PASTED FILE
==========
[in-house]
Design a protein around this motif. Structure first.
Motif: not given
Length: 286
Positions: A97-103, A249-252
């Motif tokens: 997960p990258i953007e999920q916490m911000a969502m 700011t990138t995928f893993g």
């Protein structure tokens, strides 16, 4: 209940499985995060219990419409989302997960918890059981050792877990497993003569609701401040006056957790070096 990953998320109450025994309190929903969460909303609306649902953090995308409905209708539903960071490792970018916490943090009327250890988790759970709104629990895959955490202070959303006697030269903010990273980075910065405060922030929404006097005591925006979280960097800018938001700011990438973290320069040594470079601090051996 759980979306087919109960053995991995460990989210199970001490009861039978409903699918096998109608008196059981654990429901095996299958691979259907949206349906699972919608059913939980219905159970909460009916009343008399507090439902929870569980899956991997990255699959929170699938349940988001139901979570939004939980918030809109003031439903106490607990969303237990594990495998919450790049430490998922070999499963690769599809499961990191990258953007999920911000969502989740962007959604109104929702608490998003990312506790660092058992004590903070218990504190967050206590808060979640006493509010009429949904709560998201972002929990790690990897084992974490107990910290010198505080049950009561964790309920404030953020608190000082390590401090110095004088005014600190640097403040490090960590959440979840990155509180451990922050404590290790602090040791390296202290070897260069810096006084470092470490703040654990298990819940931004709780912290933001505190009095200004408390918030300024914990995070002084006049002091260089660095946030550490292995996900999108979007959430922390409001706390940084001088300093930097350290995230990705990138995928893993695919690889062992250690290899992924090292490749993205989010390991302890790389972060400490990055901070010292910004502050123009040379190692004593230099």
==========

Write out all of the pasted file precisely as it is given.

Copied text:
[in-house]
Design a protein around this motif. Structure first.
Motif: not given
Length: 286
Positions: A97-103, A249-252
């Motif tokens: 997960p990258i953007e999920q916490m911000a969502m 700011t990138t995928f893993g």
């Protein structure tokens, strides 16, 4: 209940499985995060219990419409989302997960918890059981050792877990497993003569609701401040006056957790070096 990953998320109450025994309190929903969460909303609306649902953090995308409905209708539903960071490792970018916490943090009327250890988790759970709104629990895959955490202070959303006697030269903010990273980075910065405060922030929404006097005591925006979280960097800018938001700011990438973290320069040594470079601090051996 759980979306087919109960053995991995460990989210199970001490009861039978409903699918096998109608008196059981654990429901095996299958691979259907949206349906699972919608059913939980219905159970909460009916009343008399507090439902929870569980899956991997990255699959929170699938349940988001139901979570939004939980918030809109003031439903106490607990969303237990594990495998919450790049430490998922070999499963690769599809499961990191990258953007999920911000969502989740962007959604109104929702608490998003990312506790660092058992004590903070218990504190967050206590808060979640006493509010009429949904709560998201972002929990790690990897084992974490107990910290010198505080049950009561964790309920404030953020608190000082390590401090110095004088005014600190640097403040490090960590959440979840990155509180451990922050404590290790602090040791390296202290070897260069810096006084470092470490703040654990298990819940931004709780912290933001505190009095200004408390918030300024914990995070002084006049002091260089660095946030550490292995996900999108979007959430922390409001706390940084001088300093930097350290995230990705990138995928893993695919690889062992250690290899992924090292490749993205989010390991302890790389972060400490990055901070010292910004502050123009040379190692004593230099």